The adjective "Janusian" comes from the Roman deity Janus, the god of gates, entryways, beginnings, and endings. He is typically depicted with two heads, each facing in opposite directions.
Because of this, Janus sees the world in an unusual way: he perceives the past and the future with equal clarity. Articles about Janus typically begin appearing in print and online in late December each year, as one year ends and another begins.
The term "Janusian thinking" was coined by Dr. Albert Rothenberg in the late 1970s when he realized that many of the world's most creative people share an attribute of Janus: they are able to hold contrary perceptions and concepts in their minds at the same time. This practice of filling your brain with paradoxes and considering the myriad of possibilities is believed to open the mind and facilitate "out-of-the-box" problem solving.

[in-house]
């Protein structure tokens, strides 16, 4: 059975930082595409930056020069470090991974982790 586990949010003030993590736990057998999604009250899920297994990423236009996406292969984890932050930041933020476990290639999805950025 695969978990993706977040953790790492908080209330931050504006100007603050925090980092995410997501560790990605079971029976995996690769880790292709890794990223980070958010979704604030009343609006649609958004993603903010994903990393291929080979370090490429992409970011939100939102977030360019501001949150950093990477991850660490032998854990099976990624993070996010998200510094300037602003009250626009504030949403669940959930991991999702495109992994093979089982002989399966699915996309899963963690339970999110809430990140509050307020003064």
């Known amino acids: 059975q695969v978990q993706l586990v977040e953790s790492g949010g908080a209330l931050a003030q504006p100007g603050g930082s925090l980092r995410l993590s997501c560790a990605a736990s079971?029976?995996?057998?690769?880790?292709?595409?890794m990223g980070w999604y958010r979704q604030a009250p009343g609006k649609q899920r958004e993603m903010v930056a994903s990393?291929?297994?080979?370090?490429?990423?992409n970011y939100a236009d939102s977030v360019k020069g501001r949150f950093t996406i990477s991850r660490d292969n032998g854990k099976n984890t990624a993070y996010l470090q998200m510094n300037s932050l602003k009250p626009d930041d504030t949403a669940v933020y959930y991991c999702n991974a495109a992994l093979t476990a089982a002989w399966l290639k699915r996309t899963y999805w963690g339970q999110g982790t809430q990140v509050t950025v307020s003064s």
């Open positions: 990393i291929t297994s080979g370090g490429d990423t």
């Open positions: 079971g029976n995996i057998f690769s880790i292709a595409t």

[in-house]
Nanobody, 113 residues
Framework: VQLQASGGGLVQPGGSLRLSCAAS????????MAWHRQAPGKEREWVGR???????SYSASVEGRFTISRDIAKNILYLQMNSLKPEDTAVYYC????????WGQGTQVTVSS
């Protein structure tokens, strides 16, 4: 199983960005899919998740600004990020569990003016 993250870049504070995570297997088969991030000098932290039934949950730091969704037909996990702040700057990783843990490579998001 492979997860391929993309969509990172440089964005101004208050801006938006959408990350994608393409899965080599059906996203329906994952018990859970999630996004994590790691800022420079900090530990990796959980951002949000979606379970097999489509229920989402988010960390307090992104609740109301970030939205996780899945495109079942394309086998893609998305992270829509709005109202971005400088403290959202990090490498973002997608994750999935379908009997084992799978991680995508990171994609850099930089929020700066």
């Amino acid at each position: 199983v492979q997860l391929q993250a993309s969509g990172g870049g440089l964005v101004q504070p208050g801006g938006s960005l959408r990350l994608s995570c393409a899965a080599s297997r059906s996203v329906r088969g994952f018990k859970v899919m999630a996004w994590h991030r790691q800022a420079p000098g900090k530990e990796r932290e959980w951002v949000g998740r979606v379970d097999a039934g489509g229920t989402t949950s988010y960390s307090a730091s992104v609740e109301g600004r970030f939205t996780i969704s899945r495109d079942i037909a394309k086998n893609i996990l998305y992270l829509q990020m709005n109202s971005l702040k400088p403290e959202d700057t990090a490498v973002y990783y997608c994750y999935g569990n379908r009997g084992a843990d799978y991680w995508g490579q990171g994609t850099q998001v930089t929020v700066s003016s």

Such flexibility in thinking is important to the artistic process as well. It is rare that the muses give an artist the gift of fully-formed inspiration. In creating artworks, an artist more typically explores which of his many ideas are worth pursuing. He allows himself a significant amount of room for exploration and brainstorming, for paradoxes and dilemmas. Ideas flow and begin to more fully mature. With any luck, those ideas build upon themselves and give birth to more ideas. Some ideas gel together nicely; others seem to be incompatible. The artist may examine and test his ideas, to see if they are valid and viable. At some point, the artist has an "ah, ha!" moment on how to piece his ideas together. There may be multiple solutions and the artist decides which are worth pursuing. The ideas are executed. Some succeed; other's don't. Then the cycle begins all over again.
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